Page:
Win a Pair of Tickets to Tuesday Night’s Friends for Film Variety Show

Enter to win yourself a pair of tickets to a show tomorrow night.

variety show

Multi-disciplinary artist and promoter of the arts Joshua Jamieson, recently wrote a script for a short film based on a poem by local living legend Carmelita McGrath. The poem is taken from her latest collection, Escape Velocity.

Escape Velocity was a finalist for the 2013 BMO Winterset Award, and at a reading event for the award, Joshua was struck by her words. “I approached her about one of the poems she had read that had affected me deeply. The poem was written beautifully and created vivid scenes in my head that I felt would translate to film exceptionally well. I asked her if she would be up for working with me to create a short film that was inspired by the piece. She gave me her blessing and committed to being a creative consulting, offering to help me get the option agreement (permission to proceed) from her publisher, Goose Lane Editions.”

Things have been snowballing since, with all the right people coming onboard: filmmakers Ruth Lawrence will co-produce, Brad Gover will act as cinematographer, and Darryl Couch will edit. ECMA Rozalind MacPhail will score the piece.

So, all they need now is a little money, hence Tuesday night’s fundraiser, Friends for Film Variety Show, featuring a cross-section of local music superstars Green & Gold, Jerry Stamp, and Everglow. So. Something for everyone. Including you and a guest, free of charge, if you win our ticket draw. Enter below. Otherwise, tickets are $22 and available at the LSPU Hall.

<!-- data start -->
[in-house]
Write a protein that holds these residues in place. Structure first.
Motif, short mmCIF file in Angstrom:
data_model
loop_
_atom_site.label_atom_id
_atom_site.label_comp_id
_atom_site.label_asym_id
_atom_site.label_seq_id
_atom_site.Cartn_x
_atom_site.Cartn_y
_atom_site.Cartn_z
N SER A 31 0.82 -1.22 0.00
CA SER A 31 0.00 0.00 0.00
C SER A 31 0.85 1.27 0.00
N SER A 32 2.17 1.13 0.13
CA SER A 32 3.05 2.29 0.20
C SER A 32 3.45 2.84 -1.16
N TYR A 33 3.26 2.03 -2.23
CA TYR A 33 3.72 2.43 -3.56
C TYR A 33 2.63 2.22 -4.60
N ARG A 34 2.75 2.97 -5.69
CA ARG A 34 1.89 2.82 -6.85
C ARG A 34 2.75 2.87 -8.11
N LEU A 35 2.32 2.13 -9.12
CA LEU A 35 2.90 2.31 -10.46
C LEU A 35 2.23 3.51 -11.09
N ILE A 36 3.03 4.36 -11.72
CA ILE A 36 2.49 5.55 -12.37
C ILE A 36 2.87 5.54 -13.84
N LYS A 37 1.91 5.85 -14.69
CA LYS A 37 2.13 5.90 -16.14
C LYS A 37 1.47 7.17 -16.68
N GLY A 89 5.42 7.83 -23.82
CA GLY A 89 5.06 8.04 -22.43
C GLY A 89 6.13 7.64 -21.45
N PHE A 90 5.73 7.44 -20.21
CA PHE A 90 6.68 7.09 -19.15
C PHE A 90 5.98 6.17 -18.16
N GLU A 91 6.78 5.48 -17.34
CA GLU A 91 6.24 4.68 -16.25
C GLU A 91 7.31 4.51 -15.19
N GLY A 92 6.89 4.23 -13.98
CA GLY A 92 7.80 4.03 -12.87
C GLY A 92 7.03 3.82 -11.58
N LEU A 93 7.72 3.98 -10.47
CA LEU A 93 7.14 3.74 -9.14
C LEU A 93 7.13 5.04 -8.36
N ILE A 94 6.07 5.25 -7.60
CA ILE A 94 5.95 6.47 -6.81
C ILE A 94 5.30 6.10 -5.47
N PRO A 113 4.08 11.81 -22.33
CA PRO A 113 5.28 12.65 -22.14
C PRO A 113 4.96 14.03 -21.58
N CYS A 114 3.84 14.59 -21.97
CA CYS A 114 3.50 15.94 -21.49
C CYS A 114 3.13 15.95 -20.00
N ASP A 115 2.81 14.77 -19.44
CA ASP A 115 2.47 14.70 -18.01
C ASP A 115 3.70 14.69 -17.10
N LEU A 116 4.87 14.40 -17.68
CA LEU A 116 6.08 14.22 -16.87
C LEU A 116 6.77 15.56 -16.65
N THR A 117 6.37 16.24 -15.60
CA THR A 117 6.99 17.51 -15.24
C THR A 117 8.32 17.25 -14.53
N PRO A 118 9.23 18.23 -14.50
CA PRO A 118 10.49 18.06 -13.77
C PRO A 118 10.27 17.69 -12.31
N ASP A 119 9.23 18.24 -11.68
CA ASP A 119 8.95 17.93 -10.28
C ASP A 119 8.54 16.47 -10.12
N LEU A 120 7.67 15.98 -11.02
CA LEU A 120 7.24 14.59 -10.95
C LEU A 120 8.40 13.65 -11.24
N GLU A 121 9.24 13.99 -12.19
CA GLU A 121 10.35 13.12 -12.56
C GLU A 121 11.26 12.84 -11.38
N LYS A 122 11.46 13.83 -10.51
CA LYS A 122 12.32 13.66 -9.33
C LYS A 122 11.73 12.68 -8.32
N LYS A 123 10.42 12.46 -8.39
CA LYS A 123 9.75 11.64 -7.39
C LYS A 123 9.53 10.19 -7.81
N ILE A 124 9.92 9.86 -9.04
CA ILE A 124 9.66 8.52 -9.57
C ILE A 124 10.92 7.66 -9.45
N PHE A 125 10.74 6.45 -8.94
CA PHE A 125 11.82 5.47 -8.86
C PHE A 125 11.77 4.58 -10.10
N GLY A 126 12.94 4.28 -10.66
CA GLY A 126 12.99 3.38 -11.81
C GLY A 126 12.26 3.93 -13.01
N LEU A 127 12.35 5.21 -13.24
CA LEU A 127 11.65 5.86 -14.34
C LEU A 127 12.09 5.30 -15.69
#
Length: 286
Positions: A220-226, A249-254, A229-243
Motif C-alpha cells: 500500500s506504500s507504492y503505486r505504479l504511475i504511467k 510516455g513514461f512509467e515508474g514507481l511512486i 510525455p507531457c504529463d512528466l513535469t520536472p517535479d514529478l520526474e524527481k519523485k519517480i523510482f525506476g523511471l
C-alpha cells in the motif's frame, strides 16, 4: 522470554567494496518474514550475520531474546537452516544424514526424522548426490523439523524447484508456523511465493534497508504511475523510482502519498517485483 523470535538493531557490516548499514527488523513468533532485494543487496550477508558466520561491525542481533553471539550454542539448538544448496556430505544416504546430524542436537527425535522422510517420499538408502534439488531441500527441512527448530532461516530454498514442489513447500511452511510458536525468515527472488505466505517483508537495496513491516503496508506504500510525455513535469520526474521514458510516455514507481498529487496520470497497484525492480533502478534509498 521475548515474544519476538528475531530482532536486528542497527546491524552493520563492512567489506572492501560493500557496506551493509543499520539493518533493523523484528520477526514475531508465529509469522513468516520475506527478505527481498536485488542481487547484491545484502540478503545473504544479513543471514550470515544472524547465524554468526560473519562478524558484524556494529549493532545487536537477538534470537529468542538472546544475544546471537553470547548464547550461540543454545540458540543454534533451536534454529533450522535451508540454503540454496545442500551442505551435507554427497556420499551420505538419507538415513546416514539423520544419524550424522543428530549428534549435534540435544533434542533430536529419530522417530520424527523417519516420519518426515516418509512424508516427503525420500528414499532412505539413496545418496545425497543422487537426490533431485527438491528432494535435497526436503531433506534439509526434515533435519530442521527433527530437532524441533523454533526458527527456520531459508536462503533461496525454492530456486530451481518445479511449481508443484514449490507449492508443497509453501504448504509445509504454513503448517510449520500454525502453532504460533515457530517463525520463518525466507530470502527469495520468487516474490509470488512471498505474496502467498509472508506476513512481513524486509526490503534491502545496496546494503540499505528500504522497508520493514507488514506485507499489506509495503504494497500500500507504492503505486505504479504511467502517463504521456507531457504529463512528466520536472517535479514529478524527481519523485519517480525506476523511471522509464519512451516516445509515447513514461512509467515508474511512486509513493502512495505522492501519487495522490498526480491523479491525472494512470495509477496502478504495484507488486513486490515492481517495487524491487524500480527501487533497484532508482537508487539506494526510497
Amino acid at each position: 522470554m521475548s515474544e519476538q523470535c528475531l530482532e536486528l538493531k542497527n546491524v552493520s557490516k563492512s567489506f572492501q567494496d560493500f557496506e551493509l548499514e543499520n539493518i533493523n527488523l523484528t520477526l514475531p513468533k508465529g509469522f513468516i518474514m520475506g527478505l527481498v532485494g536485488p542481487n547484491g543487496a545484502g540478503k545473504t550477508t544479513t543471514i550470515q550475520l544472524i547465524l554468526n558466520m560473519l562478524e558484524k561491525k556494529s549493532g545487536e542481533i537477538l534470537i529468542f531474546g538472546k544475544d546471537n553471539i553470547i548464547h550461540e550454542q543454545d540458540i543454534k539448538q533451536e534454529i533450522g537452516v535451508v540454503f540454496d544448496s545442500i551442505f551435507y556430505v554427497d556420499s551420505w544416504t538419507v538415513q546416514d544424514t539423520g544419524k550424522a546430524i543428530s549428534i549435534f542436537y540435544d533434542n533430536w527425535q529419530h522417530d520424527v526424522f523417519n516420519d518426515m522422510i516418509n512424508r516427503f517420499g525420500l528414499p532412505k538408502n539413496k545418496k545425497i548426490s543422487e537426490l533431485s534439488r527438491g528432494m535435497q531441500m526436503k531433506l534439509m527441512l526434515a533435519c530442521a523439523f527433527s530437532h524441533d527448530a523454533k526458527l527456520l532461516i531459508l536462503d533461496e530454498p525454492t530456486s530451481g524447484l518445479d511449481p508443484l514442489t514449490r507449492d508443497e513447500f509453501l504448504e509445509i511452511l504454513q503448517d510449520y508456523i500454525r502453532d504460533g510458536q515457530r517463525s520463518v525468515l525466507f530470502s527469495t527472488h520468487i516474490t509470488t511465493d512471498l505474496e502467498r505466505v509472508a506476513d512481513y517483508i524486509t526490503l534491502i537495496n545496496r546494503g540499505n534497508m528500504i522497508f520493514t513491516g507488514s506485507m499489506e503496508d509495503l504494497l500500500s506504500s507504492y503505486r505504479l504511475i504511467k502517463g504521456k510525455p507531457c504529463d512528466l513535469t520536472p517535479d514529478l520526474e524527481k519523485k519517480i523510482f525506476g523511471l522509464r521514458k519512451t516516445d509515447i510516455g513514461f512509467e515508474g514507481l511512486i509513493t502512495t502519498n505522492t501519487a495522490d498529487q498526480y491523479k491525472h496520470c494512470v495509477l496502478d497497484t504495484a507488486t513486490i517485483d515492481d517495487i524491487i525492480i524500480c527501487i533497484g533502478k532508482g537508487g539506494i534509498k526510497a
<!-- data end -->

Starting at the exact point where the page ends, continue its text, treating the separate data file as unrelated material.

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Waiting Outside, the film, will be about “a single father fighting for his life, savouring every precious moment with his eight year old son, yet still dreaming of a luxury life.”This won’t be the first time Carmelita has crossed artistic lines with the Jamieson family: McGrath edited Joshua’s memoirs and has been a longtime family friend. “The poem itself focuses on one scene where a woman observes a man across a waiting room, Jamieson says. “Both are strangers to one another, and the woman just watches what the man does before he’s called in for his appointment. She notices him fumbling through magazines and a mail in card for info on a luxury vehicle falls out, which he then fills out. When his name is called, he returns the completed card to the magazine, so you never know why he bothered to fill it out, or why he returned it to the magazine.It made me think a lot about how much we observe other people who we don’t even know, and how we draw conclusions about them despite not having any of our observations ever confirmed. It was in my conversations with Carm after the fact that I learned she had actually written that poem while waiting for someone in a waiting room of a cancer care facility.”

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